Pre-eclampsia is the most common of the serious complications of pregnancy. It is a condition that affects some pregnant women, usually during the second half of pregnancy (from 20 weeks) or soon after their baby is delivered. If you are pregnant and worried or feel unwell please contact your GP or midwife immediately.

Pre-eclampsia facts you should be aware of:

  • Pre-eclampsia is caused by a defect in the placenta, which joins the mother and baby and supplies the baby with nutrients and oxygen from the mother’s blood.

  • It is a disease some women get in pregnancy or shortly after they have given birth
  • It is usually mild, but can be severe and can occur very suddenly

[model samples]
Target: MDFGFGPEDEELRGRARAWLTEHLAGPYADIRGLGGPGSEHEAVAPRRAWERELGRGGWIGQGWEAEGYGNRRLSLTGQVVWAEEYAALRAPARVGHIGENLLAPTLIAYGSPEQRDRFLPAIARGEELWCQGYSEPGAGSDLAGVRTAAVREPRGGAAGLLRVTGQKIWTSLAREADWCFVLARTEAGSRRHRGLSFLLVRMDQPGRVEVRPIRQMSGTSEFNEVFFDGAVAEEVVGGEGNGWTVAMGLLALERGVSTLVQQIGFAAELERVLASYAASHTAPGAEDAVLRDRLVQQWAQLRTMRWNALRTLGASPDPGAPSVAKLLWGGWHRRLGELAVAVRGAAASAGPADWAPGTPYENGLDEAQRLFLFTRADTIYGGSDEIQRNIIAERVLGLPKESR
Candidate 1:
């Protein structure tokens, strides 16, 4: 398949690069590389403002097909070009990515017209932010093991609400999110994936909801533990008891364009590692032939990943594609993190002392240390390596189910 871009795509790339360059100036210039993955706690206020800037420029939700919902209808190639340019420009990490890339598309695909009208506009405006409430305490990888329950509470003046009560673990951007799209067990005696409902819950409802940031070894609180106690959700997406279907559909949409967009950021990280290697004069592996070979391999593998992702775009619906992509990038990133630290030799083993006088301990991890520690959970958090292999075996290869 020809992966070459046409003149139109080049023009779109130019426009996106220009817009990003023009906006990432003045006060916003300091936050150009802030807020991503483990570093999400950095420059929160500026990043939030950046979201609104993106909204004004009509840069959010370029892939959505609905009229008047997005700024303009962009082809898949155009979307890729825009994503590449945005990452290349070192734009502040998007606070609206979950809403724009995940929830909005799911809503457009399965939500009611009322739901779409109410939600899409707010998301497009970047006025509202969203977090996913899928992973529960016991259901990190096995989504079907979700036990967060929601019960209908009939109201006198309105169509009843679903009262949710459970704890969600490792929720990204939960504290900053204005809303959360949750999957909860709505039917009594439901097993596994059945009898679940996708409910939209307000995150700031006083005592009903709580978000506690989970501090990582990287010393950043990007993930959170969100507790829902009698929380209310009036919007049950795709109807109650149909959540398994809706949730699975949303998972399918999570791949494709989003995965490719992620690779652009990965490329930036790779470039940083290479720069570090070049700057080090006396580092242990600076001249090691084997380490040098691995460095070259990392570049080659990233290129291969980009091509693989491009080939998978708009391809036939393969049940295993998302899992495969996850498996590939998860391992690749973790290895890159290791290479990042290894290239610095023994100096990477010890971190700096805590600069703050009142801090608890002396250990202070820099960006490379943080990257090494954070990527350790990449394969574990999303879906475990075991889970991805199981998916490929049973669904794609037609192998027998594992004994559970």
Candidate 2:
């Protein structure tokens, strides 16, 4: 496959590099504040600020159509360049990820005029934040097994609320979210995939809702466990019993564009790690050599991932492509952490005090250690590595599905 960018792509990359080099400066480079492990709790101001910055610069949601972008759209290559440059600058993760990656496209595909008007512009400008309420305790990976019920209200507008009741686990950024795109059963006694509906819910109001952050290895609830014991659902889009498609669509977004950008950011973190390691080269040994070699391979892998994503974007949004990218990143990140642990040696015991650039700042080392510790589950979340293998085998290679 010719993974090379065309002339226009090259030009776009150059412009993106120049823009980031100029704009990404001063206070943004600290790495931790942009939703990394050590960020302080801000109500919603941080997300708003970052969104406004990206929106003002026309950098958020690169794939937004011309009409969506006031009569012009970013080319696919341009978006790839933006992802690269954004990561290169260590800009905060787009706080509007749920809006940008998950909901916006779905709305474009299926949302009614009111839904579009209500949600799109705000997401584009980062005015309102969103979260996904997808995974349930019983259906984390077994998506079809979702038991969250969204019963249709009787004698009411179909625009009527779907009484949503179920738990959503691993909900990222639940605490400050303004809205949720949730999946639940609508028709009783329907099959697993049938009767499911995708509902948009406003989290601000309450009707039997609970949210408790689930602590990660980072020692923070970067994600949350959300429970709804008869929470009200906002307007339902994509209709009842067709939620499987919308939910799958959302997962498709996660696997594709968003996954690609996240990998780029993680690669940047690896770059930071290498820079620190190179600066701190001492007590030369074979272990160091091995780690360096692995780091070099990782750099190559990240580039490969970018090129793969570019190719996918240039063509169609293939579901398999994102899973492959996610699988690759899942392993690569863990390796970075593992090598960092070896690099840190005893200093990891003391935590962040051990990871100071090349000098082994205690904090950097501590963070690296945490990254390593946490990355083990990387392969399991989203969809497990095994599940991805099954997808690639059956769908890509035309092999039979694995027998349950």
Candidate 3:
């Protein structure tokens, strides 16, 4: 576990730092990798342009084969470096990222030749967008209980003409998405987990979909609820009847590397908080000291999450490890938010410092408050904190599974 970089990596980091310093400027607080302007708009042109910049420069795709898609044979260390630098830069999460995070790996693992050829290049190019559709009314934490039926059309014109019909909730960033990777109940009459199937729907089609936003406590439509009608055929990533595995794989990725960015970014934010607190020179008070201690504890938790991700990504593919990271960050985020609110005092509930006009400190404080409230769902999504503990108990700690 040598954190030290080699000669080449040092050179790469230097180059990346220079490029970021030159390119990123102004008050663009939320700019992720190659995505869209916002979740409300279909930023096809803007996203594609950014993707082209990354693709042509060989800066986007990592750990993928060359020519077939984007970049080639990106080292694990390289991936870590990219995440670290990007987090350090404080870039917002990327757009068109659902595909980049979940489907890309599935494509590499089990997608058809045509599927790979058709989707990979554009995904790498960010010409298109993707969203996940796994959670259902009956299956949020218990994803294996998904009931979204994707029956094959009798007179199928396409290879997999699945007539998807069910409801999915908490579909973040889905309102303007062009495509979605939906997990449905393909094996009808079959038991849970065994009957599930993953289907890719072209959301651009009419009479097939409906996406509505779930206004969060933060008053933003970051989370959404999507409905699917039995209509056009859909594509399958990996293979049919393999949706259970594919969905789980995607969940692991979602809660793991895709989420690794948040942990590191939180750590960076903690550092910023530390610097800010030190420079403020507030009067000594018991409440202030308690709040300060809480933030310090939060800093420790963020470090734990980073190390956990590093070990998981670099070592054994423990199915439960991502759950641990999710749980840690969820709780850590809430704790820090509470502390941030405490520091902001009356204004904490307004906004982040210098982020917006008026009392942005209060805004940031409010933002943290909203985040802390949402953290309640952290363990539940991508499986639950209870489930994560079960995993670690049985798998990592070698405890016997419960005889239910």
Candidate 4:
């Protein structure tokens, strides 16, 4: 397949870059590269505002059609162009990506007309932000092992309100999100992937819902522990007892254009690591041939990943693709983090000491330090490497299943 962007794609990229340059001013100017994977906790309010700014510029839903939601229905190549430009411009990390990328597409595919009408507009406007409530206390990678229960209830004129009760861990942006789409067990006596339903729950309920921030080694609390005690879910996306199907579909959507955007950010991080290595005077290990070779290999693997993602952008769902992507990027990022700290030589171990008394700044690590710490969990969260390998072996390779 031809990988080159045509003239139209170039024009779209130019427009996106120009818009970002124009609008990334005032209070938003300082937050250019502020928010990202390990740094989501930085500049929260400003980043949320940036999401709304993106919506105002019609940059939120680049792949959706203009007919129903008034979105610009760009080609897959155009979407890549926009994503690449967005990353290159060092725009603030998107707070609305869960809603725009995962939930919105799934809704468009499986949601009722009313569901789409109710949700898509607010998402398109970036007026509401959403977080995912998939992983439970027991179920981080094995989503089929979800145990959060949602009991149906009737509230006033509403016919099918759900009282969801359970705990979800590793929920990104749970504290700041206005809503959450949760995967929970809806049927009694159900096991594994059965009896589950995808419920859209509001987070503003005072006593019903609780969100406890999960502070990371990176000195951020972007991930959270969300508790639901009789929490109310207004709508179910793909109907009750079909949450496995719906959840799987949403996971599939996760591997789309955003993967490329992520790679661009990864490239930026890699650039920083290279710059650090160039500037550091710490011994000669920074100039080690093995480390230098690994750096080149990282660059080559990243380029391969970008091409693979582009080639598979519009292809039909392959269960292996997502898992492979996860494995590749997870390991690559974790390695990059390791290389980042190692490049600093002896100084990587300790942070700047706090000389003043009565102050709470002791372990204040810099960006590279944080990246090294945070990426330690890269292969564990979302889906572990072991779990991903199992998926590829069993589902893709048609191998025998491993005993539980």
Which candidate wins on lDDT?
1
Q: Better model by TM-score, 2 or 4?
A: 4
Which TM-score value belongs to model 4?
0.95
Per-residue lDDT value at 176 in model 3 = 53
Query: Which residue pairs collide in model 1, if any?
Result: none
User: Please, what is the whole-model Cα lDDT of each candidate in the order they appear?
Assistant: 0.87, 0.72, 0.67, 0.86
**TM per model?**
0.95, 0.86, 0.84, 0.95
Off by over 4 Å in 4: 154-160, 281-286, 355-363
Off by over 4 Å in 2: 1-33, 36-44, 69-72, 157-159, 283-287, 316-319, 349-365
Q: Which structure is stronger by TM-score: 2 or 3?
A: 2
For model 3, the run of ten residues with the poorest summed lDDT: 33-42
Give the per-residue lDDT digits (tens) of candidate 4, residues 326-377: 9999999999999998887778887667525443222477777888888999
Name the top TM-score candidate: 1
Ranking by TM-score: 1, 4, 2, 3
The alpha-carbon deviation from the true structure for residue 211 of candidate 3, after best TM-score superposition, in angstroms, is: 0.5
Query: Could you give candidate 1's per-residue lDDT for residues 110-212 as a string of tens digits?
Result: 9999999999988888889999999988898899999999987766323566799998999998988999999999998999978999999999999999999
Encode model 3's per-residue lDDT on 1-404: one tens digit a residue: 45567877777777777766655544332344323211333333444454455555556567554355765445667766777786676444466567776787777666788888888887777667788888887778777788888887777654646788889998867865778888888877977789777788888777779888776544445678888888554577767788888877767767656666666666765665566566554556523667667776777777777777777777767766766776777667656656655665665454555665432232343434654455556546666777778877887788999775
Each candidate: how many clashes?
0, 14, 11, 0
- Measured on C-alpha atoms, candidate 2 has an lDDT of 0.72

• If not properly managed and diagnosed it can be fatal for both mother and baby.
  • Warning signs of pre-eclamspia are often high blood pressure and / or protein in your urine.

  • They will check your blood pressure and urine at each appointment for signs of pre-eclampsia
  • There is a new test to help diagnose pre-eclampsia (usually after 30 weeks)

If you are pregnant, ensure you:

  • Always attend your antenatal appointments
  • Have your blood pressure taken at every visit
  • Have your urine checked – if protein is found this should prompt a further test to confirm
  • Go back to your GP or midwife straight away if you have any concerns
  • Make sure all your results are written in your maternity notes

Look out for:

  • Severe swelling of hands, feet or face
  • Severe pain under the ribs
  • Severe headaches
  • Visual disturbances e.g. flashing lights
  • Nausea/vomiting
  • Feeling unwell